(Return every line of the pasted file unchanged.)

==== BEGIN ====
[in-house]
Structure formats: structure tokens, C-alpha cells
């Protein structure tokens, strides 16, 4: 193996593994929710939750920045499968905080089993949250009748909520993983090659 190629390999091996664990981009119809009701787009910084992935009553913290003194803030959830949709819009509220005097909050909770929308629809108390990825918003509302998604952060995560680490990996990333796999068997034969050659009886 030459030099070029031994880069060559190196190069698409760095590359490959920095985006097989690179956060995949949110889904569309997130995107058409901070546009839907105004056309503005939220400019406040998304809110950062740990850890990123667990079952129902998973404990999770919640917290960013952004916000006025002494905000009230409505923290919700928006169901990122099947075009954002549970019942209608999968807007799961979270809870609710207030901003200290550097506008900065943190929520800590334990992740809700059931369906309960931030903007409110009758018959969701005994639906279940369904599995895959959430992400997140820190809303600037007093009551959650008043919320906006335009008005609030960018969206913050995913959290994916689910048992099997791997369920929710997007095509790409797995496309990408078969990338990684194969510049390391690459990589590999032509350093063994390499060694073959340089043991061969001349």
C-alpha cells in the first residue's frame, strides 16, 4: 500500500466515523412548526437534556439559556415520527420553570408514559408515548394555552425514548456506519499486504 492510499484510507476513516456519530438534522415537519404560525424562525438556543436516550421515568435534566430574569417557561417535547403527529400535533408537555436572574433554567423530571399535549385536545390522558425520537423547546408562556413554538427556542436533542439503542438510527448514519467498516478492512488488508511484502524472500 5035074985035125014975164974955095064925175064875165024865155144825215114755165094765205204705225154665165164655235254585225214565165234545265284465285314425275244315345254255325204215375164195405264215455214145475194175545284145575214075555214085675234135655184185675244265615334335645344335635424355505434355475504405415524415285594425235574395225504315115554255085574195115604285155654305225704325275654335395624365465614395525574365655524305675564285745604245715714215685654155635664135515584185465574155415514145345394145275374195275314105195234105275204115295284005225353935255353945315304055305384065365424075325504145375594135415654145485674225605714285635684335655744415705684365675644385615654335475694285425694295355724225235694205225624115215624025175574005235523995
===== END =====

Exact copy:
[in-house]
Structure formats: structure tokens, C-alpha cells
């Protein structure tokens, strides 16, 4: 193996593994929710939750920045499968905080089993949250009748909520993983090659 190629390999091996664990981009119809009701787009910084992935009553913290003194803030959830949709819009509220005097909050909770929308629809108390990825918003509302998604952060995560680490990996990333796999068997034969050659009886 030459030099070029031994880069060559190196190069698409760095590359490959920095985006097989690179956060995949949110889904569309997130995107058409901070546009839907105004056309503005939220400019406040998304809110950062740990850890990123667990079952129902998973404990999770919640917290960013952004916000006025002494905000009230409505923290919700928006169901990122099947075009954002549970019942209608999968807007799961979270809870609710207030901003200290550097506008900065943190929520800590334990992740809700059931369906309960931030903007409110009758018959969701005994639906279940369904599995895959959430992400997140820190809303600037007093009551959650008043919320906006335009008005609030960018969206913050995913959290994916689910048992099997791997369920929710997007095509790409797995496309990408078969990338990684194969510049390391690459990589590999032509350093063994390499060694073959340089043991061969001349």
C-alpha cells in the first residue's frame, strides 16, 4: 500500500466515523412548526437534556439559556415520527420553570408514559408515548394555552425514548456506519499486504 492510499484510507476513516456519530438534522415537519404560525424562525438556543436516550421515568435534566430574569417557561417535547403527529400535533408537555436572574433554567423530571399535549385536545390522558425520537423547546408562556413554538427556542436533542439503542438510527448514519467498516478492512488488508511484502524472500 5035074985035125014975164974955095064925175064875165024865155144825215114755165094765205204705225154665165164655235254585225214565165234545265284465285314425275244315345254255325204215375164195405264215455214145475194175545284145575214075555214085675234135655184185675244265615334335645344335635424355505434355475504405415524415285594425235574395225504315115554255085574195115604285155654305225704325275654335395624365465614395525574365655524305675564285745604245715714215685654155635664135515584185465574155415514145345394145275374195275314105195234105275204115295284005225353935255353945315304055305384065365424075325504145375594135415654145485674225605714285635684335655744415705684365675644385615654335475694285425694295355724225235694205225624115215624025175574005235523995